The people of the young Republic of the United States were greatly astonished, in the summer of 1803, to learn that Napoleon Bonaparte, then First Consul of France, had sold to us the vast tract of land known as the country of Louisiana. The details of this purchase were arranged in Paris (on the part of the United States) by Robert R. Livingston and James Monroe. The French government was represented by Barbe-Marbois, Minister of the Public Treasury.
The price to be paid for this vast domain was fifteen million dollars. The area of the country ceded was reckoned to be more than one million square miles, greater than the total area of the United States, as the Republic then existed. Roughly described, the territory comprised all that part of the continent west of the Mississippi River, bounded on the north by the British possessions and on the west and south by dominions of Spain. This included the region in which now lie the States of Louisiana, Arkansas, Missouri, Kansas, parts of Colorado, Minnesota, the States of Iowa, Nebraska, South Dakota, North Dakota, Wyoming, a part of Idaho, all of Montana and Territory of Oklahoma. At that time, the entire population of the region, exclusive of the Indian tribes that roamed over its trackless spaces, was barely ninety thousand persons, of whom forty thousand were negro slaves. The civilized inhabitants were principally French, or descendants of French, with a few Spanish, Germans, English, and Americans.
The purchase of this tremendous slice of territory could not be complete without an approval of the bargain by the United States Senate. Great opposition to this was immediately excited by people in various parts of the Union, especially in New England, where there was a very bitter feeling against the prime mover in this business,—Thomas Jefferson, then President of the United States. The scheme was ridiculed by persons who insisted that the region was not only wild and unexplored, but uninhabitable and worthless. They derided "The Jefferson Purchase," as they called it, as a useless piece of extravagance and folly; and, in addition to its being a foolish bargain, it was urged that President Jefferson had no right, under the constitution of the United States, to add any territory to the area of the Republic.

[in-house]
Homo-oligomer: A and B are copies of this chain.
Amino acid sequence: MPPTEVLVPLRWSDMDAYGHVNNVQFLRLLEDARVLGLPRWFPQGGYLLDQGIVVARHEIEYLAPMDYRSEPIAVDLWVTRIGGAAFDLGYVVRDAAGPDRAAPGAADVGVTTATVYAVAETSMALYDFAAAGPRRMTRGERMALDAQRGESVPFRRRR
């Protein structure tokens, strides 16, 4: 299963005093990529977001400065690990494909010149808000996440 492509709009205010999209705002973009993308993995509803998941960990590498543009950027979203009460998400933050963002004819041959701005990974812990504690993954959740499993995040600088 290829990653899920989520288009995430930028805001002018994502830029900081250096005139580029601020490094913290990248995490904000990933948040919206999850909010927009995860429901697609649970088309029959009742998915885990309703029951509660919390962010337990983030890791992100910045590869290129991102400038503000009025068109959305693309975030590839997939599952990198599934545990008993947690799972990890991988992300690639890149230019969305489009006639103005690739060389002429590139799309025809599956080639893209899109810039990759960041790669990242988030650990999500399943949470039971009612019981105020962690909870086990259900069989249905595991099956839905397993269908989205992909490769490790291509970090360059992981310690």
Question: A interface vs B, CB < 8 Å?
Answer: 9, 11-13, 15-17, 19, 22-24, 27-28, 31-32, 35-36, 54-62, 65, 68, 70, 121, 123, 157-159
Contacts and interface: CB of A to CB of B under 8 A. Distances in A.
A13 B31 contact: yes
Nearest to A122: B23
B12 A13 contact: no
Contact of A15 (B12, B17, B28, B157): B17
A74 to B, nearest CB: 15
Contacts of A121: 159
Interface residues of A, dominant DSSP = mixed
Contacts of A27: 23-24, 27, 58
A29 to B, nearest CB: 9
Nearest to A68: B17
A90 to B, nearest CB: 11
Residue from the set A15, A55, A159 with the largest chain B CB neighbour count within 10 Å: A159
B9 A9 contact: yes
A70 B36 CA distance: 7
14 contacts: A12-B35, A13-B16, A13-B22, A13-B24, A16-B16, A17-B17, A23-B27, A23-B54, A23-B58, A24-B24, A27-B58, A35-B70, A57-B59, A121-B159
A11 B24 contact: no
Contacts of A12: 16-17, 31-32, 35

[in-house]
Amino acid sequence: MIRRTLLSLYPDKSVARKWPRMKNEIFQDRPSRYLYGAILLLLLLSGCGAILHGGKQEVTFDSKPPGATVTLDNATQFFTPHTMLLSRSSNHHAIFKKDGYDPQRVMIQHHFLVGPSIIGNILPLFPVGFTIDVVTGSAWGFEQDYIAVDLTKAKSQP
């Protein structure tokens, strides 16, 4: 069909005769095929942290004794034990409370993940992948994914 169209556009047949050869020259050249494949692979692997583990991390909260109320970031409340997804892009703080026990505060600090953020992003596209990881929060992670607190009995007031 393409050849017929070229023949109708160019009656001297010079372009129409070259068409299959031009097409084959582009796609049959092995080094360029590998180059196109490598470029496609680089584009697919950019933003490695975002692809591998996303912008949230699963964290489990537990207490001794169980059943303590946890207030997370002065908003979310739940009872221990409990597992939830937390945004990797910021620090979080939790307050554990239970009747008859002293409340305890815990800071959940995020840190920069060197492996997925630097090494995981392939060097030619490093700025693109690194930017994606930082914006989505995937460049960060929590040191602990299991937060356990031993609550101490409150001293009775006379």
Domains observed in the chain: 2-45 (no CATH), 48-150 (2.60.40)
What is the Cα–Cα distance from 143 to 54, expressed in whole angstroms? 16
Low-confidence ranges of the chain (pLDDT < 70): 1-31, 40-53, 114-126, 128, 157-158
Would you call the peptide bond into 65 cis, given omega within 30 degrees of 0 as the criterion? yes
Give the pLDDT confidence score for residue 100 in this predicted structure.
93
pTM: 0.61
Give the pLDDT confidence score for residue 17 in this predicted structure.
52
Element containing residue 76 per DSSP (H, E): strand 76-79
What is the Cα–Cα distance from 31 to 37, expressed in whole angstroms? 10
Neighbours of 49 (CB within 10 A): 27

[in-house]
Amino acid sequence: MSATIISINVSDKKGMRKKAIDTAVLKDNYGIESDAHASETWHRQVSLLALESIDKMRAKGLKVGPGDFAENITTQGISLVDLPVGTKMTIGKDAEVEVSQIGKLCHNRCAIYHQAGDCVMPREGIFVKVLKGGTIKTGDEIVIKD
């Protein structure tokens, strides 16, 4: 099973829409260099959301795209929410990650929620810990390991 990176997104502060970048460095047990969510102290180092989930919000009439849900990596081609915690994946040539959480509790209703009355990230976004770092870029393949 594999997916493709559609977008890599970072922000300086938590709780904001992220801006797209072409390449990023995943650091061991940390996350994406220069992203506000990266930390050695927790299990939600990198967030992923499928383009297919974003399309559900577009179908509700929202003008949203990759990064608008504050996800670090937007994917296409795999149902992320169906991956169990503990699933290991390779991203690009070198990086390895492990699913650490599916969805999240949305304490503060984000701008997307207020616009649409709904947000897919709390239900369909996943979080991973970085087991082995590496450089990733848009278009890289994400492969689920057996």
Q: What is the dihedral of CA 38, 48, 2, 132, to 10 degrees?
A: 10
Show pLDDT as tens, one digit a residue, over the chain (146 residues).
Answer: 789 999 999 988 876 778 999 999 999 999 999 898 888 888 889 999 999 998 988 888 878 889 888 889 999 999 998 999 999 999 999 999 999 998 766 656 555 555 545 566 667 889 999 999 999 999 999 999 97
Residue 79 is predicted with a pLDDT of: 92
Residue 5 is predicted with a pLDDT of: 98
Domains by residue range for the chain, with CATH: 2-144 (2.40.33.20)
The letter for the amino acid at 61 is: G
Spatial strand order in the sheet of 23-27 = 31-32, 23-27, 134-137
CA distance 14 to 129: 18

Nevertheless, a majority of the people were in favor of the purchase, and the bargain was duly approved by the United States Senate; that body, July 31, 1803, just three months after the execution of the treaty of cession, formally ratified the important agreement between the two governments. The dominion of the United States was now extended across the entire continent of North America, reaching from the Atlantic to the Pacific. The Territory of Oregon was already ours.
This momentous transfer took place one hundred years ago, when almost nothing was known of the region so summarily handed from the government of France to the government of the American Republic. Few white men had ever traversed those trackless plains, or scaled the frowning ranges of mountains that barred the way across the continent. There were living in the fastnesses of the mysterious interior of the Louisiana Purchase many tribes of Indians who had never looked in the face of the white man.
Nor was the Pacific shore of the country any better known to civilized man than was the region lying between that coast and the Big Muddy, or Missouri River. Spanish voyagers, in 1602, had sailed as far north as the harbors of San Diego and Monterey, in what is now California; and other explorers, of the same nationality, in 1775, extended their discoveries as far north as the fifty-eighth degree of latitude. Famous Captain Cook, the great navigator of the Pacific seas, in 1778, reached and entered Nootka Sound, and, leaving numerous harbors and bays unexplored, he pressed on and visited the shores of Alaska, then called Unalaska, and traced the coast as far north as Icy Cape. Cold weather drove him westward across the Pacific, and he spent the next winter at Owyhee, where, in February of the following year, he was killed by the natives.